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Setting up a Computer Mediated Communication Network for Secondary Schools

Setting up a Computer Mediated Communication Network for Secondary Schools

Kürsat Çagiltay <kursat@knidos.cc.metu.edu.tr>
Petek Askar <askarp@rorqual.cc.metu.edu.tr>
Attila Özgit <ozgit@knidos.cc.metu.edu.tr>


Turkey has initiated a project for setting up a computer mediated communication network among 53 secondary schools. This project is running under the control of National Ministry of Education, Department of Information Technology in Education (DITE). Financial support is supplied by the World Bank. With the installation of 53 schools equipment, each school will have basic equipment and software to participate in a computer-mediated communications network. Establishing such a network could be a part of a cost-effective strategy for providing both technological and pedagogical support to those schools.

In this paper, Computer Mediated Communication (CMC) project for secondary schools in Turkey will be presented along with its details, experiences, technical and administrative problems, political concerns, user support, training and assessment.


1 Introduction

During the 1980s, Turkey laid the foundation for her transition to an information based economy (IBE).

In 1984, the efforts for using computers in Turkish schools have begun. In 1985-1987 about 2400 computers were purchased and distributed to secondary and vocational schools. During 1988-1989, 2000 computers were put into use. Several firms, with the cooperation of the universities, developed courseware materials and applied them in selected school.

During 1990-1991, 6500 computers have been bought and firms completed their studies on preparing 142 courseware. On the other hand 5000 teachers and 195 teacher trainers were taken into in-service training by the universities. Up to now, approximately 10.000 computers have been purchased and distributed to schools. The schools also purchased microcomputers through other sources. An estimation of 20.000 computers are now available in our schools. Although this trend is growing exponentially, the percentage of the schools which have computer labs is not at the desired level (About 15% of them have computer labs).

In 1993, in order to take a major step for Turkey to leap to the informatics society a project called CES (Computer Experimental Schools) was initiated under the control of National Ministry of Education, Department of Information Technology in Education (DITE).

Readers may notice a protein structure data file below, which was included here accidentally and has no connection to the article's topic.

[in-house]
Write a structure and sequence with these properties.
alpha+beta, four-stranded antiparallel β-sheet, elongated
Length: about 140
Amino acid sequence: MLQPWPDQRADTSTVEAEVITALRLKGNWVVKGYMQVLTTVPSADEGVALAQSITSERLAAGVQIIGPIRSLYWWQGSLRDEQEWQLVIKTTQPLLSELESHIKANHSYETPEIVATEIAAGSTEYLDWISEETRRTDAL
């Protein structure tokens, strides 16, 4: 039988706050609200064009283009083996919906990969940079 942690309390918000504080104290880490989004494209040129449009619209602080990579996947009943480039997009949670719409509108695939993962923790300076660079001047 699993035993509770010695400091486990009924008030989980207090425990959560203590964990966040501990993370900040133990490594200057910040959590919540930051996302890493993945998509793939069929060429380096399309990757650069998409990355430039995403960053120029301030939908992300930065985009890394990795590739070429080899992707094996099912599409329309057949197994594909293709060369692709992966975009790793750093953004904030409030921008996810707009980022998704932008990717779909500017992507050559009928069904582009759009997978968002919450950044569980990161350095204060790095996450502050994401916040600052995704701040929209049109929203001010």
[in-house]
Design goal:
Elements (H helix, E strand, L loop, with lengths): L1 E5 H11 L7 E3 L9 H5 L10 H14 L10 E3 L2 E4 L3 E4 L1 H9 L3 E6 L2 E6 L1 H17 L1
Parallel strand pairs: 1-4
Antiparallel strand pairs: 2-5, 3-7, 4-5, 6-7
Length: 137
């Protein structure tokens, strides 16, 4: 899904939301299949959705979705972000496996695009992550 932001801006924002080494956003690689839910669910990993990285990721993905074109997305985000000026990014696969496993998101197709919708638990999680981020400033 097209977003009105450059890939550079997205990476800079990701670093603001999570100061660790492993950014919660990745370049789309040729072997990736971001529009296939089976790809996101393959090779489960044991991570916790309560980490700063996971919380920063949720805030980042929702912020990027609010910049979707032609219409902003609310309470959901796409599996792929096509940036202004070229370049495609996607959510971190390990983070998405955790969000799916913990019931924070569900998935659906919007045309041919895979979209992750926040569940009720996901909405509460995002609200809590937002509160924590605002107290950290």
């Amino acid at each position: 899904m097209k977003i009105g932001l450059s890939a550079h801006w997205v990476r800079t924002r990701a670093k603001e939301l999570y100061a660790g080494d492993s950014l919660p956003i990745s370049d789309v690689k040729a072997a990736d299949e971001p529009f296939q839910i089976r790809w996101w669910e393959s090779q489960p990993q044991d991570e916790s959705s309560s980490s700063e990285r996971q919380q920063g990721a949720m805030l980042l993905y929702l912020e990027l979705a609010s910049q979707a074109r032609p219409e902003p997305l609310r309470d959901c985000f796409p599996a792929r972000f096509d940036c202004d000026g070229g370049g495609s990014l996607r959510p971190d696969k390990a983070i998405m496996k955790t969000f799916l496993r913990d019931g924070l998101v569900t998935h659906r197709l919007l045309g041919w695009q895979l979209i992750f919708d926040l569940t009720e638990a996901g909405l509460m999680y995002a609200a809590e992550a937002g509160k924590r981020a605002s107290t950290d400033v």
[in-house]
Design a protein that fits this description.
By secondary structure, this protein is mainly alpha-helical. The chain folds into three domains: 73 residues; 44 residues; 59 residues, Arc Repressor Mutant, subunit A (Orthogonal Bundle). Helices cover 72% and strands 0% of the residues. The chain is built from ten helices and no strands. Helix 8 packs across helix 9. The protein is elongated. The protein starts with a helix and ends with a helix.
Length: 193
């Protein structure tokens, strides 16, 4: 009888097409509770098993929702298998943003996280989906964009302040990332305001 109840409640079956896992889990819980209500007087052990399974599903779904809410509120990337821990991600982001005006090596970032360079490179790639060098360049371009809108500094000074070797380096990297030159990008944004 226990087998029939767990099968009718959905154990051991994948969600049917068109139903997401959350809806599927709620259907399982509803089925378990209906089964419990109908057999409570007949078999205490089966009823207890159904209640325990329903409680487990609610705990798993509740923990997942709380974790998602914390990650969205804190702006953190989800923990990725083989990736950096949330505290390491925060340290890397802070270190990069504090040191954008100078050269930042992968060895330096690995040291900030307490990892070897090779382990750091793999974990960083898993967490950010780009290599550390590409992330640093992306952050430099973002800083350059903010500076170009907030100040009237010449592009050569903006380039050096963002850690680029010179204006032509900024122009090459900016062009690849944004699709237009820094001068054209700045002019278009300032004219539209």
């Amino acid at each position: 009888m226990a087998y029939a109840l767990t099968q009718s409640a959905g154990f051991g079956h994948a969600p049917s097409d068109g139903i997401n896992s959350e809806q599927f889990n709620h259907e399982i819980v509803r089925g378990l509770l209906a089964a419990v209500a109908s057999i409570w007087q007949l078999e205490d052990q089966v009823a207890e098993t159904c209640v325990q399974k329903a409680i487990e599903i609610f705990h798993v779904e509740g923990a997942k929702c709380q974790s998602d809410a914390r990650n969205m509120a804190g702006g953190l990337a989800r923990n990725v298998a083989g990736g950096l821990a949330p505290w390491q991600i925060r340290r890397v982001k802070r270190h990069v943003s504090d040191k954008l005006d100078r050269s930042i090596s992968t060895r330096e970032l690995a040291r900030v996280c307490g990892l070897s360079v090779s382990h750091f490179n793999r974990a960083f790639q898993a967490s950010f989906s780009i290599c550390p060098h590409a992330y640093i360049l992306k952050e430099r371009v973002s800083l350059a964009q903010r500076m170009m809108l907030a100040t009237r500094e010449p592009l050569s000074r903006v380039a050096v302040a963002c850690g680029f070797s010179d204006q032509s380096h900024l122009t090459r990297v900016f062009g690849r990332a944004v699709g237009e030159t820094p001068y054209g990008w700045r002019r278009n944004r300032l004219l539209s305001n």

In accomplishing this project, 53 CES schools (located to many different cities-Figure-1) equipped with basic hardware and software is expected to use this potential in teaching and learning. This approach backed up with a participation in a computer-mediated communication network can provide a technological and pedagogical edge to the CES schools.

Figure-1 Locations of CESs

DITE's initial aim in establishing a communications network is three-fold. These are related with evaluation and maintenance, curriculum and training. Ultimately this will lead to an increased interaction among schools through services like electronic mail (e-mail), computer conferencing, access to on-line databases and electronic bulletin boards (BBS). These aims are summarized below:

Evaluation and Maintenance Goals and Functions:

  1. Exchanging e-mail about certain problems and solutions discovered during implementation. Also, sending more formal evaluation forms to teachers and administrators for completion and return.
  2. Monitoring implementation of CES project through e-mailed questionnaires and on-line networked meetings.
  3. Maintaining a help desk through e-mail to help schools solve their technical problems.

Curriculum Goals and Functions:

  1. Cooperative project work among national schools and schools abroad.
  2. Teacher and student access to multimedia resources.
  3. Establishment of a student news and information bulletin boards.

Training Goals and Functions:

  1. Teacher training through computer-aided distance learning.
  2. Provide links among educators at all levels for professional development.
  3. Distribution of news and information from DITE in the form of a bulletin.

In order to establish above goals and functions CES schools need to have Local Area Networks (LAN) and all of them should be connected together around a Wide Area Network (WAN). This connection will be utilized for various tasks including e-mail, computer conferencing, access to on-line databases and electronic BBS, remote access, file transfer etc.

In the operation of CMC the issues are divided into three major categories :

a- Activities

b- CMCN (Computer Mediated Communication Network) system design

c- Training

2 Activities

There are many working and effective examples of CMC use that support teachers, students and school administration. Some of the activities which are planned for Turkish high schools are followings:

2.1 Collaborative Projects